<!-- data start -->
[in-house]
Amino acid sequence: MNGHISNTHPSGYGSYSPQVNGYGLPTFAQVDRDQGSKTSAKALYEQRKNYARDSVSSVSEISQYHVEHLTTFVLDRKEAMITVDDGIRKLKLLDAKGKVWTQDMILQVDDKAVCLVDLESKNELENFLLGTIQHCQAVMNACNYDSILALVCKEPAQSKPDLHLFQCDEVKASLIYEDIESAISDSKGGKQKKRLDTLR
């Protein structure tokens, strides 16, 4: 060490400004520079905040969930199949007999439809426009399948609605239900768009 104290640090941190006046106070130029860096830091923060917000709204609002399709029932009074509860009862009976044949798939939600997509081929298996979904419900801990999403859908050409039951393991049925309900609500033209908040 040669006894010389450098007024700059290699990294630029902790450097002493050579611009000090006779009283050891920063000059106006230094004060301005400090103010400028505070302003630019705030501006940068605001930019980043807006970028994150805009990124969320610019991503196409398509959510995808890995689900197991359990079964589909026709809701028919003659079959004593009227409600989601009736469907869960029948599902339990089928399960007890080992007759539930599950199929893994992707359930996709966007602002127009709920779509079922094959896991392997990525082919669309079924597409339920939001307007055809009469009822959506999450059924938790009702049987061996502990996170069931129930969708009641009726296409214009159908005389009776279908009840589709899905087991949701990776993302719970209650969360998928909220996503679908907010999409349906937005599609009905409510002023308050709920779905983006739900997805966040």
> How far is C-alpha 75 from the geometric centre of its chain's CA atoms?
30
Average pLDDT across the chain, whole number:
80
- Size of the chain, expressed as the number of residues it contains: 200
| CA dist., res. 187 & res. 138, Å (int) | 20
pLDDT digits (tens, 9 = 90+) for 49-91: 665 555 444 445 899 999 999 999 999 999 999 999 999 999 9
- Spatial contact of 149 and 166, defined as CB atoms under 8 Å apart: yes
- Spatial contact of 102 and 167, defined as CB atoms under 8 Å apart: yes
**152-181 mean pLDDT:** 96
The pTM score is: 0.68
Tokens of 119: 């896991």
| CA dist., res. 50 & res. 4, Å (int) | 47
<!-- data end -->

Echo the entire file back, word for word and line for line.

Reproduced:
[in-house]
Amino acid sequence: MNGHISNTHPSGYGSYSPQVNGYGLPTFAQVDRDQGSKTSAKALYEQRKNYARDSVSSVSEISQYHVEHLTTFVLDRKEAMITVDDGIRKLKLLDAKGKVWTQDMILQVDDKAVCLVDLESKNELENFLLGTIQHCQAVMNACNYDSILALVCKEPAQSKPDLHLFQCDEVKASLIYEDIESAISDSKGGKQKKRLDTLR
């Protein structure tokens, strides 16, 4: 060490400004520079905040969930199949007999439809426009399948609605239900768009 104290640090941190006046106070130029860096830091923060917000709204609002399709029932009074509860009862009976044949798939939600997509081929298996979904419900801990999403859908050409039951393991049925309900609500033209908040 040669006894010389450098007024700059290699990294630029902790450097002493050579611009000090006779009283050891920063000059106006230094004060301005400090103010400028505070302003630019705030501006940068605001930019980043807006970028994150805009990124969320610019991503196409398509959510995808890995689900197991359990079964589909026709809701028919003659079959004593009227409600989601009736469907869960029948599902339990089928399960007890080992007759539930599950199929893994992707359930996709966007602002127009709920779509079922094959896991392997990525082919669309079924597409339920939001307007055809009469009822959506999450059924938790009702049987061996502990996170069931129930969708009641009726296409214009159908005389009776279908009840589709899905087991949701990776993302719970209650969360998928909220996503679908907010999409349906937005599609009905409510002023308050709920779905983006739900997805966040």
> How far is C-alpha 75 from the geometric centre of its chain's CA atoms?
30
Average pLDDT across the chain, whole number:
80
- Size of the chain, expressed as the number of residues it contains: 200
| CA dist., res. 187 & res. 138, Å (int) | 20
pLDDT digits (tens, 9 = 90+) for 49-91: 665 555 444 445 899 999 999 999 999 999 999 999 999 999 9
- Spatial contact of 149 and 166, defined as CB atoms under 8 Å apart: yes
- Spatial contact of 102 and 167, defined as CB atoms under 8 Å apart: yes
**152-181 mean pLDDT:** 96
The pTM score is: 0.68
Tokens of 119: 């896991």
| CA dist., res. 50 & res. 4, Å (int) | 47